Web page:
AMP EG

What we are deciding here is what we want to happen with the sheer volume of our waveforms. How will they be amplified? Do we want the volume to be at its max as soon as we hit the key? Then let’s drop the attack to zero and crank the sustain. Do we want the sound to swell in and crescendo when we hit the key? Basically, everything we talked about with ADSR is going to relate to the amplified volume under the AMP EG section.

EG

This section here is truly magical. Remember when we talked about setting the cutoff to a minimum value and setting the EG INT knob to a maximum value? This is where you reap the benefit of that work. Now you can put ADSR to work in how the filtered sound is going to come into the mix. Do you want the sound so sound dull and then crescendo into brightness? Then set a low cutoff, high EG INT, set the attack to how quickly you want it to swell and then BAM! In some synths you can market the EG towards different things such as cutoff, pitch, or shape. At first watch and read, these can sound confusing. It just takes some time and practice and it will all start to make sense. So, have of a twist of these knobs and see all the magic that’s in store for your synth.

Chapter 5 | LFO

Another great tool to shaping your sound is utilizing a Low Frequency Oscillator (LFO). Before this, we were using our VCO waveforms which we can obviously hear with our ears. An LFO is a nice big sound wave that you can’t hear. When you introduce this to your signal, you get more of a rhythmic effect to your tone. I like starting with square waves because I think it’s the easiest example to hear what’s happening right away with an LFO. So at this point, you’ve chosen your VCO’s, you’ve set nice parameters with your cutoff, you’ve shaped your AMP EG and EG so that your sound swells exactly how you like it, and now with the LFO you have a nice rhyming pulse or otherwise as you hold down the key. Truly amazing stuff.

Chapter 6 | Final Tips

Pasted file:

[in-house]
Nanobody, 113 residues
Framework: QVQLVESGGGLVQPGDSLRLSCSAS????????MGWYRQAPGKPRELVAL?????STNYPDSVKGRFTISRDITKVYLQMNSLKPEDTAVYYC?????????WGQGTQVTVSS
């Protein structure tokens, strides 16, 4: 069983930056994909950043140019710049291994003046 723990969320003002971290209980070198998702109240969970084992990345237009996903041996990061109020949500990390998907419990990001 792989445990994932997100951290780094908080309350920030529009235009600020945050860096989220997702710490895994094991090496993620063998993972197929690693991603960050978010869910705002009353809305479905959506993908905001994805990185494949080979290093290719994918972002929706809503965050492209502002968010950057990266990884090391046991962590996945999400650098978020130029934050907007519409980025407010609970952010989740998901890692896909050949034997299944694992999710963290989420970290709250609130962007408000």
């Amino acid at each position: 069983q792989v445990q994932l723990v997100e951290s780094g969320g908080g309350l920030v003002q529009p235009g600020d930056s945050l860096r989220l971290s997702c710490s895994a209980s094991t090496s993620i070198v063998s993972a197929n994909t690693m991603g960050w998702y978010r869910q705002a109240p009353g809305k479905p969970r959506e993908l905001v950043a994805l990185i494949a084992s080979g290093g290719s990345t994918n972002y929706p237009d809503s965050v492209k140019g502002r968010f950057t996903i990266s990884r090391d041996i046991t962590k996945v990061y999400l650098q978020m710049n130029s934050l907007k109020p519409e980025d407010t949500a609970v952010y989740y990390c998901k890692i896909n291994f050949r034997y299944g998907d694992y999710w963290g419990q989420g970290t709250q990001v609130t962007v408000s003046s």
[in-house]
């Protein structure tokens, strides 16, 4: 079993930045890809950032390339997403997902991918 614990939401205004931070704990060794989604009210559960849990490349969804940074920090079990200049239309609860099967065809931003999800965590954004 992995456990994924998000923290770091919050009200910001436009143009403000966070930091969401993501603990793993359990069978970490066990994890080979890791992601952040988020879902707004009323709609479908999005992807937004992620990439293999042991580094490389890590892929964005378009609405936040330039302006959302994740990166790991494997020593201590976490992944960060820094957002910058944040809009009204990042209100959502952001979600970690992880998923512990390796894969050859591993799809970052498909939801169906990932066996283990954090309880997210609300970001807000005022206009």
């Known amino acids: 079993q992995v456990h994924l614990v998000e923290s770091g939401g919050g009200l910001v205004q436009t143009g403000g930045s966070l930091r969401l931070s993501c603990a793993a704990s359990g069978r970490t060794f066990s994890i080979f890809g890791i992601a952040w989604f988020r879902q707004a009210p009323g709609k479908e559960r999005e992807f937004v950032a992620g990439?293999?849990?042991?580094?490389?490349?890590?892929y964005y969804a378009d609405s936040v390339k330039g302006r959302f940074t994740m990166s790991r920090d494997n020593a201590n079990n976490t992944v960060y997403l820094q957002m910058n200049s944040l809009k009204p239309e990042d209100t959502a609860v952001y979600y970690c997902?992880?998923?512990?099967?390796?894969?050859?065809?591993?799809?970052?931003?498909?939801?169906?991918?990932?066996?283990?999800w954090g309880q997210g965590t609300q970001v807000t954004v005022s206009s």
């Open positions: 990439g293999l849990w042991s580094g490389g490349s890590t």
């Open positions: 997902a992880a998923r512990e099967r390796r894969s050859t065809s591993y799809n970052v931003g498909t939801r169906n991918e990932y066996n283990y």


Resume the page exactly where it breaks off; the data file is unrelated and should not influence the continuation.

Some synths offer some final knobs and switches to play with. In this case I was using a Korg prologue. This synth has some effects at the end of the line such as reverb, delay, and modulation which can really add some final shimmer to your incredible synth patch. You can also utilize keytracking on some synths which makes decision on resonance as you climb up and down the keyboard. Some synths have compression, and overdrive, and all sorts of other things that you can explore to help craft your sound.

Epilogue

I hope this introduction has given you a new found confidence to take on the world of synthesizers head on! Music is this wonderful language that has so many moving parts. A synthesizer is a tool that can help you understand these parts and shape them as you see fit. No matter what your primary instrument it, you’ll definitely benefit from sitting down with a synth occasionally and creating a new sonic world for yourself. Be brave, be bold, and enjoy exploring the new frontier as you break ground on the land called synth.

Check Out Some Synths with the Link Below


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Dave Stutts
Dave Stutts is a native of the greater Hampton Roads area of Virginia. He received his Bachelors of Music degree in Theory & Composition from the prestigious Christopher Newport University music school. He is a music composer living and working in New York City. He specializes in orchestral/symphonic work as well as pop and digital music. His scoring work has ranged from Chamber Ensemble pieces (String Quartets/Brass Quintets), larger ensembles compositions (Wind Ensemble/Symphony Orchestra/String Orchestra), as well as short film and video game work.He is also a songwriter and a regular gigging musician in Manhattan, Brooklyn, and Queens. He refers to his style as Pop/Rock and Blues. His musical career began when he started playing guitar at age 5. He later progressed to Bass in middle school, Drums in High School, and finally Percussion and Piano in college. When asked, he has cited Michael Giacchino, Hans Zimmer, and John Williams as his major film and video game inspirations, and John Mayer as his primary pop inspiration.